I’m not saying I agree with everything the party does, or everything it wants to do; I’m not saying people should vote Liberal Democrat indefinitely & regardless.

People should vote Liberal Democrat because they represent the best option to achieve a system of government that is worth voting for.

Wrongs & Rights

3 11 2010

I’m going to preface this article by explaining my thoughts on “rights” (as in ECHR).  I think it is unfortunate (but perhaps necessary in practice), that people refer to what are, in my mind, privileges that citizens of an ethical society grant to one another as “rights.”  Not because they aren’t right (as in right and wrong) to have, but rather because the language of “rights” is one of intrinsic, natural, “god-given” privilege.  Something that it would be wrong to deny a human being.

When I say they might need to be necessary in practice is because the defence of civil liberties is an ongoing and fundamental struggle.  To treat privileges as rights is to make them more resistant to encroachment, our “rights” are bastions of liberty, designed to keep people free.   When I say it’s unfortunate, it’s because it’s not true.  What we call “rights” are privileges we grant one another, by choice, as part of our social contract.  We have agreed (however implicitly) as a society, that members of that society deserve certain privileges; that to deny members of society these privileges  is to threaten society.  Without free speech, our society would not be safe.  Without the privilege of a fair trial, our society would not be safe.  Our society rests on the freedom of its citizens- from the power of government, and from one another.

We live in a representative democracy- people have a vote by which they influence the choice of their leaders, who act as representatives of the people when making laws for society (taking cynicism aside for the moment).  As such, people consent implicitly to be held accountable to the body of laws of that society.  We get our vote, we get our privileges and in return we follow the laws enacted by this mutually “agreed” body.

Part of the laws we have mutually agreed to be bound by include penalties for members of society who transgress those laws.  Some of those penalties include restrictions of privilege- such as freedom of movement.  We have agreed that some actions, if convicted by due process, deserve the sentence of temporary removal from society- prison.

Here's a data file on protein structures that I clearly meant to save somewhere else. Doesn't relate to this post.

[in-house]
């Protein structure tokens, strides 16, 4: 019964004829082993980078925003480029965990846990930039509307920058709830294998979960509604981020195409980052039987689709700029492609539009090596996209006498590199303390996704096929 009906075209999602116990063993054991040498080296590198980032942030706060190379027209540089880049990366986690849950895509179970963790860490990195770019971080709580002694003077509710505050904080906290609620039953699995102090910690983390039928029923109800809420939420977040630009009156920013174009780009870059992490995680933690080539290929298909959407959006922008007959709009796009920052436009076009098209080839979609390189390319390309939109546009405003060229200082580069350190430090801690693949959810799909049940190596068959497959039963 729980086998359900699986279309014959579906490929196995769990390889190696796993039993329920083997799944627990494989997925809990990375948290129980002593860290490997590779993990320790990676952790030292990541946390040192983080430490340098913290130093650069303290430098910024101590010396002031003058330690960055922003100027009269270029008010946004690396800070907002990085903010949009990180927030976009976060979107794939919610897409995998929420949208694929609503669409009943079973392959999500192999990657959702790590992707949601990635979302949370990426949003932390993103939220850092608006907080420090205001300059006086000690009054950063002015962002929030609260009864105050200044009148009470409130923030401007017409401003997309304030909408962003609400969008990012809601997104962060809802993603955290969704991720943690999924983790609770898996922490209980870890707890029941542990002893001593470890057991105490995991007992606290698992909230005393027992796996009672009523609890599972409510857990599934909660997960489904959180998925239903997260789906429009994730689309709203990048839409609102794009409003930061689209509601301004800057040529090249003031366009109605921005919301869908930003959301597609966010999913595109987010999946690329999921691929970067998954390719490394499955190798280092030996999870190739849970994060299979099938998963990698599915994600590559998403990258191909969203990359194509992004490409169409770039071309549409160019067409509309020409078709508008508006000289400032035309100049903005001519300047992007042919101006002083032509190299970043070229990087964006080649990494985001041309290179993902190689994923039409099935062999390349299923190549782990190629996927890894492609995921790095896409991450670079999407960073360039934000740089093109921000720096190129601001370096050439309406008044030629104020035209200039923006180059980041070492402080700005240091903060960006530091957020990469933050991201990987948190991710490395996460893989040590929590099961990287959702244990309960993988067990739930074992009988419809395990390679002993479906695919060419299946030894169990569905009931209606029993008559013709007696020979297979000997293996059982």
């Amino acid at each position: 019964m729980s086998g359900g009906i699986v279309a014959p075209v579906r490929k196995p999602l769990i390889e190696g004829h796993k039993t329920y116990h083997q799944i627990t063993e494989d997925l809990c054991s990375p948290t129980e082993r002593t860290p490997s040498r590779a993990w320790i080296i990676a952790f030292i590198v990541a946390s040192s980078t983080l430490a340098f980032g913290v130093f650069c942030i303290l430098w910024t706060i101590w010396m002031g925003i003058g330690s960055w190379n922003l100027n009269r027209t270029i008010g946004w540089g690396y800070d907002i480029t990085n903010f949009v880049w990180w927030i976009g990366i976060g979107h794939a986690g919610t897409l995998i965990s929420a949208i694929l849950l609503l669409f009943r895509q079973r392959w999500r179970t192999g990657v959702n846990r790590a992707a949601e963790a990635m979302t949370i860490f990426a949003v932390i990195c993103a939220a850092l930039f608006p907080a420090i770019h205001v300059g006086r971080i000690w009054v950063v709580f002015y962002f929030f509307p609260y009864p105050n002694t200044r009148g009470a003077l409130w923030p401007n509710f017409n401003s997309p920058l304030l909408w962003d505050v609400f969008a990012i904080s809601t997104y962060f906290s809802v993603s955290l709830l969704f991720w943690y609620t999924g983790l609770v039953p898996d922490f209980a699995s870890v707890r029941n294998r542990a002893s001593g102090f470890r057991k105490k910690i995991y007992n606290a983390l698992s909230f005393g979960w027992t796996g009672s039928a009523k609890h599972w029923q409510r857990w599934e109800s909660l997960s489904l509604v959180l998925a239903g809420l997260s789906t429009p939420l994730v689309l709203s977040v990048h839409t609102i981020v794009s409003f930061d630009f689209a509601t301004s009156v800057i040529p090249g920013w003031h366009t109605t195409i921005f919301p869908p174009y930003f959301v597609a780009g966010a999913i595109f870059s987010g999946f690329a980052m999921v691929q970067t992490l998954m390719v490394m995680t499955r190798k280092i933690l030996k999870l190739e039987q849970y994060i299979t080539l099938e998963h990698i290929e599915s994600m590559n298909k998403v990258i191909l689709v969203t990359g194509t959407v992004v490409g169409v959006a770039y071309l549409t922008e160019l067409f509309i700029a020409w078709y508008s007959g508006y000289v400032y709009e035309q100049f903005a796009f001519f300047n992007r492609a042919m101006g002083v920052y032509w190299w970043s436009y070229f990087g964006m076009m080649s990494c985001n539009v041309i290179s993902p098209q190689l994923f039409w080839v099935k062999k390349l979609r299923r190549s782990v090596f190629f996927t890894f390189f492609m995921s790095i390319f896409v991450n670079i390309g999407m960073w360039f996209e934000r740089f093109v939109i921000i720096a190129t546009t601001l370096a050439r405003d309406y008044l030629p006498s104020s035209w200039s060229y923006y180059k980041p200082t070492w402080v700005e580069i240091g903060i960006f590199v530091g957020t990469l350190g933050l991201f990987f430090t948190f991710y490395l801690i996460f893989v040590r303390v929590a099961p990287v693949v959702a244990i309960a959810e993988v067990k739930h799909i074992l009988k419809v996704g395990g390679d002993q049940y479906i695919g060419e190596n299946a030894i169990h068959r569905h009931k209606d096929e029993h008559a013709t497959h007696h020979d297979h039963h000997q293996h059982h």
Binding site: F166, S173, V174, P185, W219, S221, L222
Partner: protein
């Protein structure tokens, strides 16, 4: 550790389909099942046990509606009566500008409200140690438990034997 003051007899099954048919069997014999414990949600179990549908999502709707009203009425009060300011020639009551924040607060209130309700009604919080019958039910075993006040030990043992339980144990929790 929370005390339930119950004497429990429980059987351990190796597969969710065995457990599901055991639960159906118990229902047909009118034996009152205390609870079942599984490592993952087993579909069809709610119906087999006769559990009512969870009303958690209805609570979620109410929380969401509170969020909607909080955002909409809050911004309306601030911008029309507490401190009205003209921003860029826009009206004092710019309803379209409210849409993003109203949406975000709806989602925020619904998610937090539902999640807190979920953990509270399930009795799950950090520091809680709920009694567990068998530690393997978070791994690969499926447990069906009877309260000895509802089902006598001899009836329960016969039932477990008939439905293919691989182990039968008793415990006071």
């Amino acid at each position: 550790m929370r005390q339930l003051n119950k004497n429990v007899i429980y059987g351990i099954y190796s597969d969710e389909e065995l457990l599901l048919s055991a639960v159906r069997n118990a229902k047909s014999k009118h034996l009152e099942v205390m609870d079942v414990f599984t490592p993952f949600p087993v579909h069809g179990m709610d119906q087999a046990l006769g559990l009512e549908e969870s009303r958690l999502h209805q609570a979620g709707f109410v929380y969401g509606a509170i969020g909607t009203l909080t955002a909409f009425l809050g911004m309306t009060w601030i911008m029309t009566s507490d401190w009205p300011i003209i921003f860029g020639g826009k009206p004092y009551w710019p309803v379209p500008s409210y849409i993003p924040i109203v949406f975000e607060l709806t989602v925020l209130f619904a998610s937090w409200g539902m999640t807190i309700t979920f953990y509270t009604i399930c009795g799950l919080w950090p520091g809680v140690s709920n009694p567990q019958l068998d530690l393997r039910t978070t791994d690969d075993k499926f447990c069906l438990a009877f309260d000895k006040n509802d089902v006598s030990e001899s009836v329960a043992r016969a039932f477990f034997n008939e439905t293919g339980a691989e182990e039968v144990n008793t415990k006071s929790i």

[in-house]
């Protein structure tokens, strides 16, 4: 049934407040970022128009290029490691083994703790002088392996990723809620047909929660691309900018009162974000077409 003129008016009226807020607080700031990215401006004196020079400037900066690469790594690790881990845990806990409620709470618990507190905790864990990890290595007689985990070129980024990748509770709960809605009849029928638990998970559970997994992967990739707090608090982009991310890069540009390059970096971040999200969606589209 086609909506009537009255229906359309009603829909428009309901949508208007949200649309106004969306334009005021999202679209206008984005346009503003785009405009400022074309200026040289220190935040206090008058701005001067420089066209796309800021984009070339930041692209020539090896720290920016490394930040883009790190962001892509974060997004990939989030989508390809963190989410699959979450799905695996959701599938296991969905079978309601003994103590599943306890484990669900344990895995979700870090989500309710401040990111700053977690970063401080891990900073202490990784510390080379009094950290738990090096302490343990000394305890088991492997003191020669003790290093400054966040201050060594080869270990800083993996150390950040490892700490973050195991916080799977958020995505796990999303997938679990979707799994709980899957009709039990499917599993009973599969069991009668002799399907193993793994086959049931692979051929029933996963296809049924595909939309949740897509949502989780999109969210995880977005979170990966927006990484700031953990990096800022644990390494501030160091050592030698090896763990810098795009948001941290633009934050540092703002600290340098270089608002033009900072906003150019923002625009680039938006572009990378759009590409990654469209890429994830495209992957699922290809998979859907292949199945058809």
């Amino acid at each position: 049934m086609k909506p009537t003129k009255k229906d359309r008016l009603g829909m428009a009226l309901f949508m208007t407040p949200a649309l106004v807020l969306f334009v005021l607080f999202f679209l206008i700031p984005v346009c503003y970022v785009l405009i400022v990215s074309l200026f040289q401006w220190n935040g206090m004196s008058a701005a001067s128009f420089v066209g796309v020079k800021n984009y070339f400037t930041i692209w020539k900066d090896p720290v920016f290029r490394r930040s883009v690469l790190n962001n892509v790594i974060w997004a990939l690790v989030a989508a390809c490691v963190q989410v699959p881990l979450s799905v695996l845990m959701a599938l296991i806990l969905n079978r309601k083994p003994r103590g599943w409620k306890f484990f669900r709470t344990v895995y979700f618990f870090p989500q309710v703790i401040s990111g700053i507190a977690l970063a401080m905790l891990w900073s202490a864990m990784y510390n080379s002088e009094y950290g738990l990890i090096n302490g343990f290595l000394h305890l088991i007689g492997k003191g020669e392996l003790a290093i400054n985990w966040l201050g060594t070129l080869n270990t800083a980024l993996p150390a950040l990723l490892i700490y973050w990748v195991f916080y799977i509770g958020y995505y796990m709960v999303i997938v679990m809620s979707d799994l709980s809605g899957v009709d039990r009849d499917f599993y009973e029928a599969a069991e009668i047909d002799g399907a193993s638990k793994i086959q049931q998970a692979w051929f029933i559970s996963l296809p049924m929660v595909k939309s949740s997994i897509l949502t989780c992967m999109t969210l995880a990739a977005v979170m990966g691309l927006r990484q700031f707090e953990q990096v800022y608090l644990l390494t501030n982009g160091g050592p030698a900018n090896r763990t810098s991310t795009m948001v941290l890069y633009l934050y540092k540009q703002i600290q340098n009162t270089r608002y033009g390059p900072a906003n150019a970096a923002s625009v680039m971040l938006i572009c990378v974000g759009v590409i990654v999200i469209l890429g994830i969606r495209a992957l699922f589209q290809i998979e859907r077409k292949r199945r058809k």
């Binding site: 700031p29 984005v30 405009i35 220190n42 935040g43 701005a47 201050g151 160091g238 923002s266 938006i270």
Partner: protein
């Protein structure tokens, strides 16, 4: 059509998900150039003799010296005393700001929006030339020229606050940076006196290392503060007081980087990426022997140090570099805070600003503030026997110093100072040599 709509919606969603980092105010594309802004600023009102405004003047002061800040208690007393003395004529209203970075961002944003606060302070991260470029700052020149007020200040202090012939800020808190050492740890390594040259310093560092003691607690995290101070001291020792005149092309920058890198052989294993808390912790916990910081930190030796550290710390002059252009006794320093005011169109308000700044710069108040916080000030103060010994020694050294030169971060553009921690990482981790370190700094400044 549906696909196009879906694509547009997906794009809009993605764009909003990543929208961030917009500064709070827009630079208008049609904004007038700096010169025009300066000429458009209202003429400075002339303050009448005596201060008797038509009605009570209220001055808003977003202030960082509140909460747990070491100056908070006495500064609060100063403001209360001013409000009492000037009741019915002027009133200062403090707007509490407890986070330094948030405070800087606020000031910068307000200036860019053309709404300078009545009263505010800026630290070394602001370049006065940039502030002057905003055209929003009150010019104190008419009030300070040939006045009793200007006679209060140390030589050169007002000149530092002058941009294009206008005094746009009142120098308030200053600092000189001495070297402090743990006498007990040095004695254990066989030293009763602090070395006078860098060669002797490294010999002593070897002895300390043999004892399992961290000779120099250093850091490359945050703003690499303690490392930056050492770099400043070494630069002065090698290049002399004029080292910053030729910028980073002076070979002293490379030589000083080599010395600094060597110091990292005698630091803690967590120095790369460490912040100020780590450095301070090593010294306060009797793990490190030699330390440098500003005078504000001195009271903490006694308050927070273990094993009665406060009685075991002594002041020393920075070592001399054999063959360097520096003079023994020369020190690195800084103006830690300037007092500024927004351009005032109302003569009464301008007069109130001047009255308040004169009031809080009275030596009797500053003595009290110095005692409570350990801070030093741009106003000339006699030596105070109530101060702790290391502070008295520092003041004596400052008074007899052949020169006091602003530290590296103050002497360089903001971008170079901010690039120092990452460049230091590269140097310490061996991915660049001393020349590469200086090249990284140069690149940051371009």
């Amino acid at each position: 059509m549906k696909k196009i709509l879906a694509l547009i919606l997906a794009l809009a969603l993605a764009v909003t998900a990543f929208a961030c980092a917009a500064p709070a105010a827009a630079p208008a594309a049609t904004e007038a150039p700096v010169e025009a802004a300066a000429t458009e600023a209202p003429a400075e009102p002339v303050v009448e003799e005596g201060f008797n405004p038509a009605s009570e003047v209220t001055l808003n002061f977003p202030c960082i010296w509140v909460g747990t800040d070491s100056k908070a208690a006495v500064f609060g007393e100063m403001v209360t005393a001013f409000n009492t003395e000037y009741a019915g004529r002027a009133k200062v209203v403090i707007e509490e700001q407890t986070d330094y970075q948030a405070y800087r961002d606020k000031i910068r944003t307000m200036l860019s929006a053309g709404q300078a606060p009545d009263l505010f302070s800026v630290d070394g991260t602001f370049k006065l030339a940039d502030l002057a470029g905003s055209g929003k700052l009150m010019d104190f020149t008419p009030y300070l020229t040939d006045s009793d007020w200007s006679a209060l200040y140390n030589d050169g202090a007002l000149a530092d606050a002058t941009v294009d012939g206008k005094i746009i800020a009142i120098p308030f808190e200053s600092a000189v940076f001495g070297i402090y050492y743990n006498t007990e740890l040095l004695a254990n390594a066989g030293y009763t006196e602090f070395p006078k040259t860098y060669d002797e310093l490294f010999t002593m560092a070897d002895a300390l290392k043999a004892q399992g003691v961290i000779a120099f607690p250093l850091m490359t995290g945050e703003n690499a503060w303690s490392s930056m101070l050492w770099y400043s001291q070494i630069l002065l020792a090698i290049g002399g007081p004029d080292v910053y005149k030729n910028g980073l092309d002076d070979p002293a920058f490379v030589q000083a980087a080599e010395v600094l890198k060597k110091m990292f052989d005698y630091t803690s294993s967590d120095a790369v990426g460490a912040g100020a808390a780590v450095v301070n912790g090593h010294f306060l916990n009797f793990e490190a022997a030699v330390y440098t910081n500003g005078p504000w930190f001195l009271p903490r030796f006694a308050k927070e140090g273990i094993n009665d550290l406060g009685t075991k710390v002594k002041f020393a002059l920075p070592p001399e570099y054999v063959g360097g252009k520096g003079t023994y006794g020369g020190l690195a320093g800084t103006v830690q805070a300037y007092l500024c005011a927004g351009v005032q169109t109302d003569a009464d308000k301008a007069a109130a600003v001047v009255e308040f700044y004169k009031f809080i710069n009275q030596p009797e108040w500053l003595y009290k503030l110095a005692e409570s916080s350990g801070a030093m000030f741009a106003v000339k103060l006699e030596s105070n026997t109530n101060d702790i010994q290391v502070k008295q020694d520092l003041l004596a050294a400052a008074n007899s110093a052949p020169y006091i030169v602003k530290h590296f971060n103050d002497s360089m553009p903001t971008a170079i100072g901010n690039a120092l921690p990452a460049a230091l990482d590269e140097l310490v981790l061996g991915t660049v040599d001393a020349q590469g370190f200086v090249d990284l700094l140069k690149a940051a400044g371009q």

Prisoners have had their rights (mistakes in the system aside for the moment)- they have had habeas corpus, the right to a fair trial, trial by jury, to not be tortured and so on.  They have the right of appeal, the right to privacy and security of person.  Nonetheless, the rule of law has, by due process, confined them to segregation, the intent of which is to prevent them from negatively interfering with law-abiding member of society, whose privileges they have infringed on.

Prisoners do not deserve the vote for two reasons-

1. They are separated from us to keep us safe from them- the vote gives them influence over our society, which they have been removed from by warrant of their actions.  They do not deserve influence over a society they are not currently part of- similar to how citizens of one country cannot vote in another.

2. Voting, like freedom of movement, is a privilege we grant one another as part of our social contact.  If you break that contract, why should you retain all of your privileges?  Punishment is a necessary disincentive to law breaking.


Taking the argument of prisoners to one side for the moment, and in light of the actual ruling of the Court (surprisingly not linked to in any of the news sites I’ve seen this discussed on </s>), it is pretty clear that argument (2) applies to all felons, regardless of imprisonment.  The Court took issue with the lack of proportionality of punishment (disenfranchisement), with the severity of the crime causing imprisonment (or in the original case, the reason for continuing detainment).  The amusing implication (for me), is that people are up in arms about prisoners voting, whilst I would argue that criminals should be denied the right to vote- in prison or not.